Former President Jimmy Carter speaks to the congregation at Maranatha Baptist Church before teaching Sunday school in his hometown of Plains, Ga. in April. Photo: Paul Hennessy/NurPhoto via Getty Images

Former President Jimmy Carter was admitted to Emory University Hospital in Atlanta Monday evening for a procedure to "relieve pressure on his brain, caused by bleeding due to his recent falls," the Carter Center said in a statement.

Background: Carter was treated in the hospital last month for a pelvic fracture sustained in a fall at his home in Plains, Georgia. In May, Carter broke his hip after falling in his home.

  • In 2015, he was treated for brain cancer. Carter announced in December of that year that the cancer had gone.

The big picture: Carter served as the 39th president of the U.S. from 1977 until 1981. He is the oldest living U.S. president and celebrated his 95th birthday last month.

Go deeper: Jimmy Carter's renaissance

Editor's note: This article has been updated with new details throughout.

Go deeper

Transcripts show George Floyd told police "I can't breathe" over 20 times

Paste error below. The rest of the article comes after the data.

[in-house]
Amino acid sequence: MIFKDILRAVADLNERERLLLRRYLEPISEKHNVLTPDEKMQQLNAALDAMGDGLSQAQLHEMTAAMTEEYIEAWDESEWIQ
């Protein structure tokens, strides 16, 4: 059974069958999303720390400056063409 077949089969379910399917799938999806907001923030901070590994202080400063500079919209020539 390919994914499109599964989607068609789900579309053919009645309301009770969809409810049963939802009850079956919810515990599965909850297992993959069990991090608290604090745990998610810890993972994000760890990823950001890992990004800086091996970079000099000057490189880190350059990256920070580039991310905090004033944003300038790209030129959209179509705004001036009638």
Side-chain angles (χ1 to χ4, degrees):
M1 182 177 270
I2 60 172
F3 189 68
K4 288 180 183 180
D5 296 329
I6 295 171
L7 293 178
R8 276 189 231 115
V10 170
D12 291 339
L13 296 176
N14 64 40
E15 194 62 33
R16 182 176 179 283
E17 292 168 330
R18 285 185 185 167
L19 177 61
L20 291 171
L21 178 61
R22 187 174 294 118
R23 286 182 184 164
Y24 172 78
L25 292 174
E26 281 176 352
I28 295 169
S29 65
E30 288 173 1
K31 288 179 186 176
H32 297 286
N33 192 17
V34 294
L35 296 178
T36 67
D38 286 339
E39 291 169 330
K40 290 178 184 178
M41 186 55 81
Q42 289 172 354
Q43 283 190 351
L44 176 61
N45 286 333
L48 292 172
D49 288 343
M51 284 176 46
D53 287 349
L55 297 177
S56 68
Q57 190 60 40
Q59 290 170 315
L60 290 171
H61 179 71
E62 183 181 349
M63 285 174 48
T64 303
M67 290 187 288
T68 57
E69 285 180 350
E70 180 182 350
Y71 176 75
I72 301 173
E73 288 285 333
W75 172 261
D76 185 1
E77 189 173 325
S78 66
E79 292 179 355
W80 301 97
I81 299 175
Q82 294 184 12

Photo: Gary Coronado/Los Angeles Times via Getty Images

Newly released transcripts of bodycam footage from the Minneapolis Police Department show that George Floyd told officers he could not breathe more than 20 times in the moments leading up to his death.

Why it matters: Floyd's killing sparked a national wave of Black Lives Matter protests and an ongoing reckoning over systemic racism in the United States. The transcripts "offer one the most thorough and dramatic accounts" before Floyd's death, The New York Times writes.

Updated 2 hours ago - Politics & Policy

Coronavirus dashboard

Illustration: Eniola Odetunde/Axios

  1. Global: Total confirmed cases as of 6 p.m. ET: 11,921,616 — Total deaths: 546,318 — Total recoveries — 6,506,408Map.
  2. U.S.: Total confirmed cases as of 6 p.m. ET: 3,035,231 — Total deaths: 132,042 — Total recoveries: 936,476 — Total tested: 36,878,106Map.
  3. Public health: Deaths are rising in hotspots — Déjà vu sets in as testing issues rise and PPE dwindles.
  4. Travel: United warns employees it may furlough 45% of U.S. workforce How the pandemic changed mobility habits, by state.
  5. Education: New York City schools will not fully reopen in fallHarvard and MIT sue Trump administration over rule barring foreign students from online classes.
  6. 🎧 Podcast: A misinformation "infodemic" is here.
2 hours ago - Health

Fighting the coronavirus infodemic

Illustration: Sarah Grillo/Axios

An "infodemic" of misinformation and disinformation has helped cripple the response to the novel coronavirus.

Why it matters: High-powered social media accelerates the spread of lies and political polarization that motivates people to believe them. Unless the public health sphere can effectively counter misinformation, not even an effective vaccine may be enough to end the pandemic.